The following weather forecast appeared in my local newspaper last week:
“Russian River/Coast: Areas of low clouds and fog, then sunshine today. Mainly clear tonight, high 80/low 48”
Noting the 32 degree temperature swing made me smile because this forecast describes the ideal climate for pinot noir and cool-climate chardonnay and is consistent with the major regions in CA and Oregon where the best of the varietal, outside of the Burgundy region of France, originates.
Ideally, pinot noir awakens to fog, dripping moisture on its leaves, then basks in the mid-day sun, enjoying late afternoon cooling breezes and dropping evening
temperatures. This repetitive climate is one mandatory element of the terroir in all of our California and Oregon pinot noir growing regions, using the marine influence, extending from the northern Willamette Valley in Oregon to Santa Barbara County.
In California, the Anderson Valley in Mendocino County, the
Russian River Valley in Sonoma County, the Carneros region of the Napa Valley, the Santa Lucia Highlands in Monterey County and Santa Rita Hills in Santa Barbara County produce much of the best New World pinot noir on the planet. As consistently good as they are, experts are deliberating between vintages 2012 and 2013 as the best in a decade, most saying that 2012 wines are perfectly structured while the vintage 2013 delivers more vibrant colors and concentrated fruit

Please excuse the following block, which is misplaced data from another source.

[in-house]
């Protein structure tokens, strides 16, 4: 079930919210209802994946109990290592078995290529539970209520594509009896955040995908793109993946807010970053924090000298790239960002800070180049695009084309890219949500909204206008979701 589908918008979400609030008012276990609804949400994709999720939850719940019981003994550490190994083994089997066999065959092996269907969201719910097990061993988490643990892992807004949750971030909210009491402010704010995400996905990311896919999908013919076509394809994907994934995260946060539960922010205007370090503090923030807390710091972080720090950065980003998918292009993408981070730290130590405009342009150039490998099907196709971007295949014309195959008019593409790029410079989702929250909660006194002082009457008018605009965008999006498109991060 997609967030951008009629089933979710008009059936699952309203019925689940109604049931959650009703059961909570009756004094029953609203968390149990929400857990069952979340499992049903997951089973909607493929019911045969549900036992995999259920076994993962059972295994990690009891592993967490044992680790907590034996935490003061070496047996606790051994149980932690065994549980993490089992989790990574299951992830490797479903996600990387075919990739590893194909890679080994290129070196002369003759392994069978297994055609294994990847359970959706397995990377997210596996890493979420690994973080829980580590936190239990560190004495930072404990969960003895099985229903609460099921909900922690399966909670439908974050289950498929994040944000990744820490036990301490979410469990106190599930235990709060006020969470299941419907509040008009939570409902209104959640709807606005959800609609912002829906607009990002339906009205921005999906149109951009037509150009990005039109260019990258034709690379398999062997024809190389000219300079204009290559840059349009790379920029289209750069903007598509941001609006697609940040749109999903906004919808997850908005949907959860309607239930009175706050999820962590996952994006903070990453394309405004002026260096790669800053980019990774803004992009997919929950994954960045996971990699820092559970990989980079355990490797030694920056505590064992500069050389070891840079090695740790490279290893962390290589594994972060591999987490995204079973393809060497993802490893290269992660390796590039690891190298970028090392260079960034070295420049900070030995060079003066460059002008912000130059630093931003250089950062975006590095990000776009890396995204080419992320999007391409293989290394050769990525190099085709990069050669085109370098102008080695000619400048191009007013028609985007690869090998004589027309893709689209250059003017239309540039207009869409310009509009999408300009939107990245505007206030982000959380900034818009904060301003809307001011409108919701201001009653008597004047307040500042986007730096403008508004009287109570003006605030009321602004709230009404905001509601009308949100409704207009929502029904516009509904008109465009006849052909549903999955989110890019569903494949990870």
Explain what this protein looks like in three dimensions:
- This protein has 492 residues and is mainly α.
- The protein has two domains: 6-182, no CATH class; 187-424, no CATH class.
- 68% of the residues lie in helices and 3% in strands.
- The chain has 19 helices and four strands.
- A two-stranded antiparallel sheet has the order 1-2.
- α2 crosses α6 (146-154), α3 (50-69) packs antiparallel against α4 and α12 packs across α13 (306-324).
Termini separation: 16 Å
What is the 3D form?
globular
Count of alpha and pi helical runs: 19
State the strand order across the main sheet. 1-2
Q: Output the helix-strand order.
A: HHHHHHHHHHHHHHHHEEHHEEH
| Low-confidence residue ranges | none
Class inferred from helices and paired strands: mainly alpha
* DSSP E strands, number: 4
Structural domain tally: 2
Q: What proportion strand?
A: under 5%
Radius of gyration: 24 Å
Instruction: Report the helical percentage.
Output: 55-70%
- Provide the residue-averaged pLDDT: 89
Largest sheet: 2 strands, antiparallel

Of special note is the Santa Lucia Highlands (91-94 pts.) and Russian River Valley (90-93pts)appellations who have produced, according to Wine Spectator and others, the finest California pinot noir among the 2012-13 vintages. This is not a huge surprise
, both have been among the leaders for decades. The Russian River Valley is arguably the best U.S. appellation and pinot producers throughout the state have sourced grapes for years from the “Highlands,” namely Garys’, Rosella and Pisoni Vineyards that all began with two friends Gary Franscioni and Gary Pisoni elevating the region to worldwide recognition.
I am fortunate to have access to fine single-vineyard pinot noir from Sonoma’s Wiliams Selyem and Kosta Browne wineries who both built their reputations while sourcing grapes from top vineyards in the Russian River Valley and, eventually beyond. Ironically, my vintage 2013 selections from each, for the most part, have been sourced from these Santa Lucia Highlands vineyards. One wine is the Kosta Browne Pinot Noir Santa Lucia Highlands Pisoni Vineyard 2013 (94-pt/$90) that Wine Spectator ranked among the top pinot noir wines using descriptive words like “depth, density and grace,” all music to my ears.